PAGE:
- Door to Everything
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Galleries know there is a certain type of painting that sells, and every gallery has one or two artists whose work isn’t exciting or edgy but are kept on because it is nice to know there will be enough income to pay the water bill every month. The average buyer doesn’t want five mason jars glued to a steel beam containing all the artist’s body hair collected over the span of four years. Most want something to hang over their new Italian couch or in a blank space in the foyer by the stairs. Claire made these paintings. Still lifes mostly, acrylic or oil, heavy brush strokes and bright colors with an expert play of shadow and light. They had enough artistic flourish to give the proper amount of expressionist feeling, but not so much that despair might leak from the canvas into the comfortable rooms of a buyer’s brownstone. [End Page 123]
This, coupled with the fact that her grandfather was a very famous artist, secured her regular shows where her paintings sold quickly. Her grandfather wasn’t just a little famous but a household name whose work demanded millions and hung in the Met. You could find his paintings reproduced in the poster bin in any college bookstore for undergraduates to frame for their dorm-room walls. Little of her grandfather’s wealth, however, trickled down to Claire. Her grandfather had had two wives after Claire’s grandmother, and her father had sold what paintings he had to fund a series of ill-fated archaeological missions. Because of these missions, Claire had grown up in a random assortment of countries—Morocco, Israel, Bolivia, Sri Lanka—never knowing where home was, exactly, and learning to speak with the slight British accent of the international traveler. So though she sold everything she made, she barely managed to make enough money to survive on her art in Manhattan, and when her old building went condo, she was forced to find a new place.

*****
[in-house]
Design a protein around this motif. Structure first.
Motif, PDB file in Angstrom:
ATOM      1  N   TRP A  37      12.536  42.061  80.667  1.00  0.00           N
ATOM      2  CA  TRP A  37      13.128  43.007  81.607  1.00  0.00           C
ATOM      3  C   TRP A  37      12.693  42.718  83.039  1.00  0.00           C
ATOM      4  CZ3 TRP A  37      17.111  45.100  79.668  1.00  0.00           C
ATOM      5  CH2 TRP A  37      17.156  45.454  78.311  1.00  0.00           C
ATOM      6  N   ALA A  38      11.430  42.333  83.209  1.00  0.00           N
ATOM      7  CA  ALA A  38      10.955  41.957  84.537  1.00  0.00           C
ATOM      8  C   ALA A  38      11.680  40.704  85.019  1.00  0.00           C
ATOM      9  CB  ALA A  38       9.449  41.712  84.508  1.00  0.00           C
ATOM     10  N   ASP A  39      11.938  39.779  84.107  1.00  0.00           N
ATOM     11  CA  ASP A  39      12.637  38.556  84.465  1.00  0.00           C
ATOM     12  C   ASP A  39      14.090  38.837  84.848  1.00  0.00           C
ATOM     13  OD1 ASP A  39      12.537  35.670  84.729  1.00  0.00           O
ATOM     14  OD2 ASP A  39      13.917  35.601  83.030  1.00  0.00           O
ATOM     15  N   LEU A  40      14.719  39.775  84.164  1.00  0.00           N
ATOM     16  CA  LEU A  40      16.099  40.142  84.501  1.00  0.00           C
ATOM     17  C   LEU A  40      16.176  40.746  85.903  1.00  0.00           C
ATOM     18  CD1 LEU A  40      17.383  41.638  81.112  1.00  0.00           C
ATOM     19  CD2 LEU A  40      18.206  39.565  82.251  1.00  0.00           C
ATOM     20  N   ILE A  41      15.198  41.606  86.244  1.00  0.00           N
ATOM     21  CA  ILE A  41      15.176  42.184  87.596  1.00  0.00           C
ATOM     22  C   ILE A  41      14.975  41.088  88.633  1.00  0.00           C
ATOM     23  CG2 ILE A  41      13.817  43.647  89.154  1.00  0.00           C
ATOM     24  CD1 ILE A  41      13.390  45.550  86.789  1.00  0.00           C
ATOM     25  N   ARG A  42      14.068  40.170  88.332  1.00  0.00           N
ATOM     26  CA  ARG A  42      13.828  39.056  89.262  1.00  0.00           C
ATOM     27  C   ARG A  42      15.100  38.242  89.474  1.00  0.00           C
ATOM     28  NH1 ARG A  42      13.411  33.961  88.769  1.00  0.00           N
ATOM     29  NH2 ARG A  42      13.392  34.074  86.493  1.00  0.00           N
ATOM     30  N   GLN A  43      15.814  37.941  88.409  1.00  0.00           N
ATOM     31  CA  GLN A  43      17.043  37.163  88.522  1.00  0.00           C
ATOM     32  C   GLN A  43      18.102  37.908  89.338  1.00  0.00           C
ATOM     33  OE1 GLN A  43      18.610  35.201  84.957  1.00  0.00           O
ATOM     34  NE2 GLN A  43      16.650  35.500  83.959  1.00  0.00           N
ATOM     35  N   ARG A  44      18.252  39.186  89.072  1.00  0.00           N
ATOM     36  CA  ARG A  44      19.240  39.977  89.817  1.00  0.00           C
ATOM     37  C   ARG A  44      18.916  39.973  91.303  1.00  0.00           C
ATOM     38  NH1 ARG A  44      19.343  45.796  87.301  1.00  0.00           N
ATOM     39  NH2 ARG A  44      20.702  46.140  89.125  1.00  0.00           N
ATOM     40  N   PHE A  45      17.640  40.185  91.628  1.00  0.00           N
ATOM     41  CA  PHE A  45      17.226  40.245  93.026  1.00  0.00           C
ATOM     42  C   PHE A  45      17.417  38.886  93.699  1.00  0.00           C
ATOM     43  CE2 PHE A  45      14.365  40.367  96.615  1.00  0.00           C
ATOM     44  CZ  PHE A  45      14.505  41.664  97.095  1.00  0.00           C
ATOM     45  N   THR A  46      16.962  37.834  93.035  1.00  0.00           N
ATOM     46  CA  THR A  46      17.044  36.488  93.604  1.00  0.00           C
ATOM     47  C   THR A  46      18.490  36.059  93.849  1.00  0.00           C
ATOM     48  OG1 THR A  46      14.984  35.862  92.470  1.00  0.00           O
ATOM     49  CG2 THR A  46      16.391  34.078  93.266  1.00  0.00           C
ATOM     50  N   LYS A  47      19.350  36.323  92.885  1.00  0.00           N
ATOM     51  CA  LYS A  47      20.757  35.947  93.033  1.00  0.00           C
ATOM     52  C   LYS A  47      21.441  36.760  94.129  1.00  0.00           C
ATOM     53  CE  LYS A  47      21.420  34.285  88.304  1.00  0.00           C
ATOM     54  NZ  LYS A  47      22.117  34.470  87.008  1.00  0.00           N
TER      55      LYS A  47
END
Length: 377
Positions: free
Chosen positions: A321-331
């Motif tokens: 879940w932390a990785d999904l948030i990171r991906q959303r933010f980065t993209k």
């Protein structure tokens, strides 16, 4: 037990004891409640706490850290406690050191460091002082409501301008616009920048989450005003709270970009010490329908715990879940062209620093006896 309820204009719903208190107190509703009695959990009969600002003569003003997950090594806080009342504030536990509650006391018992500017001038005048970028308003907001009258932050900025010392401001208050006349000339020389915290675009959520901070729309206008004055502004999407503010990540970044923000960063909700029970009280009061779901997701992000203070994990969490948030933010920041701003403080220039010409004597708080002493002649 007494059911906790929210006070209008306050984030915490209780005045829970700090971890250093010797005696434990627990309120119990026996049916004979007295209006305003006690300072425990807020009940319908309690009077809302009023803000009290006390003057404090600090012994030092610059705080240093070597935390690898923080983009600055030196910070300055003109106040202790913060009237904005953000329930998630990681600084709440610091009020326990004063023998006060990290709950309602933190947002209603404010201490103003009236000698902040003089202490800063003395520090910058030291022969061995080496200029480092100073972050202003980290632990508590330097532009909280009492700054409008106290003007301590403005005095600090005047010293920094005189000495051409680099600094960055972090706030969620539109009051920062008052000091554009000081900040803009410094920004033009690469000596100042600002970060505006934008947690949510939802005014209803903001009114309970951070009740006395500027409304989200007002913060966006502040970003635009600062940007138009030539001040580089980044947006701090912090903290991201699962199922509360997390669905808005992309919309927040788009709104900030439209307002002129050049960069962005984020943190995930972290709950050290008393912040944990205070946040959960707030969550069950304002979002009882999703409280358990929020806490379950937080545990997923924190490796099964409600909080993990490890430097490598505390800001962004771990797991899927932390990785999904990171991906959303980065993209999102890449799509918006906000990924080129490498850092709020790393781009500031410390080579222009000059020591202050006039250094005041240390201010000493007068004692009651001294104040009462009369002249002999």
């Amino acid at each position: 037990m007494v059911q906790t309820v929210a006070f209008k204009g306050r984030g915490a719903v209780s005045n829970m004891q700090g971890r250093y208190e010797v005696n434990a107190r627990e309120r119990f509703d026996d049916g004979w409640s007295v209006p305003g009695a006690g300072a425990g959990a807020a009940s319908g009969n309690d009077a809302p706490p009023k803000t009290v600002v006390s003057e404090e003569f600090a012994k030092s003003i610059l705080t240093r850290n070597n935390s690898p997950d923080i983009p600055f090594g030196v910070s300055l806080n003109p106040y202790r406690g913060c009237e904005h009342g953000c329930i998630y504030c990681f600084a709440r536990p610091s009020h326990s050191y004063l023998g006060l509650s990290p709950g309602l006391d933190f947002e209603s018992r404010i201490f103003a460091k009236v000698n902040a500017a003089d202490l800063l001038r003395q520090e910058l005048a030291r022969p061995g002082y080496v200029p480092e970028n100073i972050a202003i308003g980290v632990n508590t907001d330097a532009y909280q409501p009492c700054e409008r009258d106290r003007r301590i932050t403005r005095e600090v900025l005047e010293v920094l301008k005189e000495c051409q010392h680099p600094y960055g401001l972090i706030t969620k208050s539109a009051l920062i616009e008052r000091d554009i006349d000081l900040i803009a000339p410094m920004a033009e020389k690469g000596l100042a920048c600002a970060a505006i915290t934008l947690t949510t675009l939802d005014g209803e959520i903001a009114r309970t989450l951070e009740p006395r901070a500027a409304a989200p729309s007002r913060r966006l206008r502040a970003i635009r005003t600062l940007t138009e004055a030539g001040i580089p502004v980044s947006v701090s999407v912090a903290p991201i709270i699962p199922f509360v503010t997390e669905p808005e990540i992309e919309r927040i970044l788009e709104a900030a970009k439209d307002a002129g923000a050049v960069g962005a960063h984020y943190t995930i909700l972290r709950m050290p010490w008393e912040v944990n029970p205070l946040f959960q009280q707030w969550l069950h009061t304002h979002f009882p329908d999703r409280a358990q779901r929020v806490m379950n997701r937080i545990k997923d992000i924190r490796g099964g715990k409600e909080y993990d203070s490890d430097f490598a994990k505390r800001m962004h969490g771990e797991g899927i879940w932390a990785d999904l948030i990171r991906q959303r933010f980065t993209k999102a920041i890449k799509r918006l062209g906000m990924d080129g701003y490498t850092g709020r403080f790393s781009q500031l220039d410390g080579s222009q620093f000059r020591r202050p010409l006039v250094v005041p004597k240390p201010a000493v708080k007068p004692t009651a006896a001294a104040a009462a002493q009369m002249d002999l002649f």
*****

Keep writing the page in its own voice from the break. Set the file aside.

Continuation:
She met the Realtor outside a building near Washington Square Park. She liked the Realtor’s name, Spieglenik, liked how her gray suit matched her eyes, how she was bent in unlikely ways like a sculpture that had to work around a huge knot in wood or stone. She liked how she seldom spoke and, when she did, how each word felt like calligraphy.
They went upstairs, opened the door, turned on the overhead fluorescent lights. The apartment was a characterless white box. High ceilings and one nice window, but those were the only things remotely special about it. It was small, about five hundred square feet, with one corner blocked off for the bathroom. The only other fixtures were a small stove and a tiny freestanding basin for a sink. It felt more like an art studio than an apartment, exactly what she was looking for.
“This apartment meets your requirements with one exception. There is a door on the back wall that leads to a room that is un-in-hab-it-able.”
“What makes it uninhabitable?”
“It would be easier to show you,” said Spieglenik.
The Realtor led Claire to a plain white door on the far wall. When she opened the door, there was nothing on the other side except a six-foot-square platform. Around the platform there was empty space that extended, seemingly forever. The empty space was a mauve color.
“What is it?” asked Claire.
“The everything behind everything, around everything. That space.”
“But what is it made of?” [End Page 124]
“That would be the wrong question to ask.”
“Can I go out on the platform?”
Claire walked out on the platform. Looking back, she could see the outline of the door, but around it was just more of the mauve space extending in every direction. Then, two eerie feelings in quick succession—the first was the fear that Spieglenik might close the door on her, and the second was the impression that she was standing on nothing and was sure to fall. Her knees buckled, and...